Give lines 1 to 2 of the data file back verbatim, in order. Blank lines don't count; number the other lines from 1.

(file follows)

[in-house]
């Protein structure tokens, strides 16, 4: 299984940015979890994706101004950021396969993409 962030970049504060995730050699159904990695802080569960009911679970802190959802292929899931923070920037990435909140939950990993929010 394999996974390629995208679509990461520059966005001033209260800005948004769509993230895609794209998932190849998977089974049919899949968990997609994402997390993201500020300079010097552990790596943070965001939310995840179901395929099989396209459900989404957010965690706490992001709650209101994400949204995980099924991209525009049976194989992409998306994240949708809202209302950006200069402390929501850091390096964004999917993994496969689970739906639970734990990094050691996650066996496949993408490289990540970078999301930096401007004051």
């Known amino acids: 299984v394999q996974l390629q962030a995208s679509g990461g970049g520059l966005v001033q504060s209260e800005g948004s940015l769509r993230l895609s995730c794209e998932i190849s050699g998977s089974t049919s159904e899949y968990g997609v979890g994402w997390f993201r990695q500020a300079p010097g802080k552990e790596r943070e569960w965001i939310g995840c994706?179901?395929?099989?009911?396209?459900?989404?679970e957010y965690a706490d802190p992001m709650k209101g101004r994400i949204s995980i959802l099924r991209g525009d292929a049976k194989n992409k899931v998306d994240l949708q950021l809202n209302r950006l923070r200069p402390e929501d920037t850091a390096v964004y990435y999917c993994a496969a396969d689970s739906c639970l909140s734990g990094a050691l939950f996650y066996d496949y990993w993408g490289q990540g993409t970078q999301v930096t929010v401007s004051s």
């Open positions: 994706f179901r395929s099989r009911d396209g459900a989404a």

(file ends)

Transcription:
[in-house]
């Protein structure tokens, strides 16, 4: 299984940015979890994706101004950021396969993409 962030970049504060995730050699159904990695802080569960009911679970802190959802292929899931923070920037990435909140939950990993929010 394999996974390629995208679509990461520059966005001033209260800005948004769509993230895609794209998932190849998977089974049919899949968990997609994402997390993201500020300079010097552990790596943070965001939310995840179901395929099989396209459900989404957010965690706490992001709650209101994400949204995980099924991209525009049976194989992409998306994240949708809202209302950006200069402390929501850091390096964004999917993994496969689970739906639970734990990094050691996650066996496949993408490289990540970078999301930096401007004051």